WWE Chief Brand Officer Stephanie McMahon did an interview with AdAge today and discussed diversity & inclusion in WWE. Stephanie was asked how WWE is addressing diversity & inclusion following the George Floyd death, and whether the company has taken any action since their June statement that condemned racism.
McMahon noted how WWE has amplified the messages of talent who are raising awareness themselves, including The New Day wearing arm bands to remember victims of injustice, WWE NXT Champion & NXT North American Champion Keith Lee wearing “BLM” attire, and the company supporting the recent “Love Walk” hosted by Titus O’Neil and WWE Hall of Famer Batista. It was also noted that WWE Corporate has several programs to help educate employees about these topics. She also revealed that WWE works with a diversity & inclusion recruiting agency.
“But we’re really taking a hard look and a different look, from every level, and support it throughout our company. From the top down. Including our board,” she said (H/T to Pro Wrestling Sheet). “We are absolutely taking this very seriously, as we should. As everybody should. Because it’s going to take every single person to enact change.”
Stephanie also noted that around 40% of current champions in WWE are African American. She said she believes representation is critical, including the representation of women. She was asked how WWE works to make sure different voices are represented.
“I think that that representation is absolutely critical and you need to have it at every level,” she added. “You need to make sure diversity is real. And it’s not just representation, but that those voices are really heard, and that those voices matter. Because at the end of the day, all of these different experiences that people have, that’s what’s gonna bring us together to create the best possible society and the best possible company.”
AdAge senior editor Jeanine Poggi brought up how several brands have recently made changes or considered changes to their own branding and names, such as the NFL’s Washington Redskins or Mrs. Butterworth’s syrup. Stephanie was asked if WWE has taken a look at some of their characters to see if they are stereotypical or not. She said the company is looking at everything, and talked about how the talents help officials create their characters.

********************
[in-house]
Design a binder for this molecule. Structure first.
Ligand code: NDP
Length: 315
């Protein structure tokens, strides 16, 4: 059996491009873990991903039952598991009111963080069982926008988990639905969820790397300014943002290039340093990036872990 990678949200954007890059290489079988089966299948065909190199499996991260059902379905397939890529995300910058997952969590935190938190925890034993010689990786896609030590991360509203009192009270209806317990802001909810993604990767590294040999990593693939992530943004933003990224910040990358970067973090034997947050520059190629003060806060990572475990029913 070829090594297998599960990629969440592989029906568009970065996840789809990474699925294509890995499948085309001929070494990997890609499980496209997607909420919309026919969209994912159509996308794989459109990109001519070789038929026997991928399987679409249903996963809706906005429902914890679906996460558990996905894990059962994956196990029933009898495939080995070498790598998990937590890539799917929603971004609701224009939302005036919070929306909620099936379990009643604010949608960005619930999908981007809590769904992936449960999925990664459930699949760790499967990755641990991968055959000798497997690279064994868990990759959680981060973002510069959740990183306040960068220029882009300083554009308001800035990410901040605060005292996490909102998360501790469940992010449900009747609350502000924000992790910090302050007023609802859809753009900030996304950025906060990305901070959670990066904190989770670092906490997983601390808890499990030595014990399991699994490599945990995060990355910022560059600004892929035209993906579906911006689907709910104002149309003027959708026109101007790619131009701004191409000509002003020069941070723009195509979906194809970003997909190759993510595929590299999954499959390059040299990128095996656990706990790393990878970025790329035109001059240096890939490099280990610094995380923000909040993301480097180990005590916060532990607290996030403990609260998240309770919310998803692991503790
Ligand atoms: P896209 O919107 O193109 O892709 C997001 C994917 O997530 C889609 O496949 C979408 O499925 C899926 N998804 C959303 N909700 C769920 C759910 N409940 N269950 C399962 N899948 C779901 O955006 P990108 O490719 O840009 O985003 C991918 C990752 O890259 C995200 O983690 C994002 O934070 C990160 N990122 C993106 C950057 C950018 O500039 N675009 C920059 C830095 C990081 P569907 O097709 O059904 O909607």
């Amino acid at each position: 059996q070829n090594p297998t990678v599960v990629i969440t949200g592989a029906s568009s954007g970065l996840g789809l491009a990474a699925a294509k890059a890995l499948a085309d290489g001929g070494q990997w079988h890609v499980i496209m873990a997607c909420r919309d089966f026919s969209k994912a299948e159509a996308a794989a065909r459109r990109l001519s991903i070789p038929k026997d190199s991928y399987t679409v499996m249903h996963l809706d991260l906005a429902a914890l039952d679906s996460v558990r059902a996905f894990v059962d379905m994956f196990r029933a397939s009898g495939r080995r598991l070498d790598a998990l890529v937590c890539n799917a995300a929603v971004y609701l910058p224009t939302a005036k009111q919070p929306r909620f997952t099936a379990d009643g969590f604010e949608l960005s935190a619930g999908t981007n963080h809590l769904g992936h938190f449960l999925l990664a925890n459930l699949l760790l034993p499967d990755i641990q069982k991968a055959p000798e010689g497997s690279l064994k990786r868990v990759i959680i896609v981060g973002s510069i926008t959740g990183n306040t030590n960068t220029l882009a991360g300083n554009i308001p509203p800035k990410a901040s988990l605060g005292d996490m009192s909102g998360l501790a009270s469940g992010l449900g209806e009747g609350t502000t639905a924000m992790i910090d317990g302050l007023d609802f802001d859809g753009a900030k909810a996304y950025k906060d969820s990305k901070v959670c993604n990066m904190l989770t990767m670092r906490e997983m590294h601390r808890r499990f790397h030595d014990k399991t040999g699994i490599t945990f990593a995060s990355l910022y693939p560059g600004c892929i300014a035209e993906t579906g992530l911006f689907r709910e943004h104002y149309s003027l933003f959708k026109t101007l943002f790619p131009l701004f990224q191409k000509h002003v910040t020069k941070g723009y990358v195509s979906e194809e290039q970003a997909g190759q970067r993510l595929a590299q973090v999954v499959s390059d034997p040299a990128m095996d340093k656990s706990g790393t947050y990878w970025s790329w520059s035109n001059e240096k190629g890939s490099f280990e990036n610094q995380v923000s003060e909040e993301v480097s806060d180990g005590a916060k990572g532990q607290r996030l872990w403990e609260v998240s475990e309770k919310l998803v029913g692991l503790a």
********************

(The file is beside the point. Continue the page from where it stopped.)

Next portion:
“We’re looking at everything,” she said. “From a storyline perspective. From a character perspective. From an employee perspective. We really are because, again, like I just said, representation matters. Also that our talent’s voices are heard. So when we’re crafting characters in WWE, it’s not just ‘hey, you’re going to be this particular character and that’s it and you have no say in the matter. Here’s your script and that’s it.’
“Our Superstars have the opportunity to give their feedback. They help us create the character. They help with what they’re saying. And we have had instances where we’ve had talent say, ‘Listen, this doesn’t feel good to me.’ African American talent say, ‘this doesn’t feel good to me.’ This was actually pre-George Floyd, but that those conversations happen. And I think they’re important.”
She continued, “And you can’t be afraid to have those conversations. You have to be willing to listen. You have to be willing to admit that you just might not know something. You might not understand each other. And the only way we’re ever gonna learn from each other is if we truly listen and value each other’s feedback.”
In another tidbit from the interview, Sean Ross Sapp noted on Twitter how Stephanie revealed that the company has added a virtual ceiling at the WWE Performance Center for TV tapings. This was done because the overhead ceiling fans have not looked good on TV.
Below is full video from Stephanie’s AdAge interview:
(H/T to Pro Wrestling Sheet)